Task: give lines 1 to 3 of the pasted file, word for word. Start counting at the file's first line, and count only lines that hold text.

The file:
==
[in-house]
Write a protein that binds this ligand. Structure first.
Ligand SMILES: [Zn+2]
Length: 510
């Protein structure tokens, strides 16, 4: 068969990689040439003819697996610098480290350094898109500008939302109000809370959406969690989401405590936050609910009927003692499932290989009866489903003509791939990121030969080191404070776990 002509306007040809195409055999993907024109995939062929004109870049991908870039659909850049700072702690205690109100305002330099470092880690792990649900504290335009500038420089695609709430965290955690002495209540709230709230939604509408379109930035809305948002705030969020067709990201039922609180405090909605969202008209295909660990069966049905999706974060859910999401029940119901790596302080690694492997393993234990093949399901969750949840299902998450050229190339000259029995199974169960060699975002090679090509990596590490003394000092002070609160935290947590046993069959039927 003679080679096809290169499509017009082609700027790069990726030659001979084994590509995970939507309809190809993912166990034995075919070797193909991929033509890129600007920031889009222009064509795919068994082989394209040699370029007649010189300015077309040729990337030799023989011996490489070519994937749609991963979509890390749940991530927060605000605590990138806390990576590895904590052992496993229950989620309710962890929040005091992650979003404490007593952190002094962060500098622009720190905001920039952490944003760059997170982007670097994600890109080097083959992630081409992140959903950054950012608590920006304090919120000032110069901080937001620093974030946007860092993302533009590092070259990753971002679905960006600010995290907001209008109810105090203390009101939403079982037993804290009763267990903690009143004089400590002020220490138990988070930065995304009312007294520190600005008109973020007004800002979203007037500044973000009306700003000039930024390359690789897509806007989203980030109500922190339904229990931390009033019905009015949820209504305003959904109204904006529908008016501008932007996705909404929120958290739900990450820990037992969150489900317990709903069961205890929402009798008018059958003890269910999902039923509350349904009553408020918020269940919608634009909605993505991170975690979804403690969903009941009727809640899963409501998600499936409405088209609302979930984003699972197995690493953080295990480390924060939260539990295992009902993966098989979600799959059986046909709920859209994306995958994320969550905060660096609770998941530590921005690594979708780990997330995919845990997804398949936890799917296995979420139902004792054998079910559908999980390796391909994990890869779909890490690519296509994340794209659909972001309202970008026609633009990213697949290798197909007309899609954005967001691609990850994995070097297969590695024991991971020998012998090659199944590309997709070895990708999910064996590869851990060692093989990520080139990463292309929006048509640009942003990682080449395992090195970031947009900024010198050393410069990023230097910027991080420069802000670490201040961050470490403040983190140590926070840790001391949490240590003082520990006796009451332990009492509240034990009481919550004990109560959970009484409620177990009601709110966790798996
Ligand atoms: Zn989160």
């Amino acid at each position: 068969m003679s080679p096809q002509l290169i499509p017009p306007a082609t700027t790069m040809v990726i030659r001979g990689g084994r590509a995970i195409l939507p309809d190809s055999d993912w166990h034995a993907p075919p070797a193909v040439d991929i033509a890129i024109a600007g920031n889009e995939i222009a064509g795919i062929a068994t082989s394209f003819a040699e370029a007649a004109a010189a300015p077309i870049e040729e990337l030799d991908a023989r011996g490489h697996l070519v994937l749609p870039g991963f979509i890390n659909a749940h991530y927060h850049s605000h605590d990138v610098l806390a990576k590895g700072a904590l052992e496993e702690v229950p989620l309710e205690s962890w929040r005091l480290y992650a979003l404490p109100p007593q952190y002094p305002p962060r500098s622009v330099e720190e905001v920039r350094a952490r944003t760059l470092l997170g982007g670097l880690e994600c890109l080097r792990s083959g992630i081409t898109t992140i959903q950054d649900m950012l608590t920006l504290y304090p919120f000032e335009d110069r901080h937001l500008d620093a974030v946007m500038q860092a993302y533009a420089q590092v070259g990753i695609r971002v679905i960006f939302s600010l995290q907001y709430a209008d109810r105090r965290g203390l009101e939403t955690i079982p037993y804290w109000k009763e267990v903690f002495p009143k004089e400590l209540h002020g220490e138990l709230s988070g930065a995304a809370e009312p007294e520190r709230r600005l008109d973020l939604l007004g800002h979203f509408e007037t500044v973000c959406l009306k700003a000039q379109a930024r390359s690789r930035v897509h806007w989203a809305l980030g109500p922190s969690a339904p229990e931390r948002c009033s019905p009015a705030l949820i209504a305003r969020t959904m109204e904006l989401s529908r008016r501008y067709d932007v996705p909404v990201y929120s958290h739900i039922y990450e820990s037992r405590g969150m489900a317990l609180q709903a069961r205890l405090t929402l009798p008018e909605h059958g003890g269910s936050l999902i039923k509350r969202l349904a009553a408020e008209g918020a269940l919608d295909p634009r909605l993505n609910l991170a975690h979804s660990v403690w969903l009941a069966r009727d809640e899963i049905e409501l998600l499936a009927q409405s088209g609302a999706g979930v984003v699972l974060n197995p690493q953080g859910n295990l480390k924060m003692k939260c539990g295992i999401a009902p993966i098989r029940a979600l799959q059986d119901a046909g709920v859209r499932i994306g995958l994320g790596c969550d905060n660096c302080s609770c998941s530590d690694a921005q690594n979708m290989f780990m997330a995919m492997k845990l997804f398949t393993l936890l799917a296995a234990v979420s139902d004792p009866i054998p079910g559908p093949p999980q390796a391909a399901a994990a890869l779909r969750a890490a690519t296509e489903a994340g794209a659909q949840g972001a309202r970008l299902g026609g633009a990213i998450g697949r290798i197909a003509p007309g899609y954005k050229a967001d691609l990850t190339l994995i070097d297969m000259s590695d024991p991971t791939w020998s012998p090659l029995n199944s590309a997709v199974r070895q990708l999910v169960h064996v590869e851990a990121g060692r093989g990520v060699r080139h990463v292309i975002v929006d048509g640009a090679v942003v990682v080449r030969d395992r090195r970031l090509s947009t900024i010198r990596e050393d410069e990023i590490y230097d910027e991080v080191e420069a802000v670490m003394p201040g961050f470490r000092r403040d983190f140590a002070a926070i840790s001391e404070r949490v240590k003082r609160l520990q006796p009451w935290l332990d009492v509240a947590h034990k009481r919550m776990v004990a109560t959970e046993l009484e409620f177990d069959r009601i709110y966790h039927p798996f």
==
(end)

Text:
[in-house]
Write a protein that binds this ligand. Structure first.
Ligand SMILES: [Zn+2]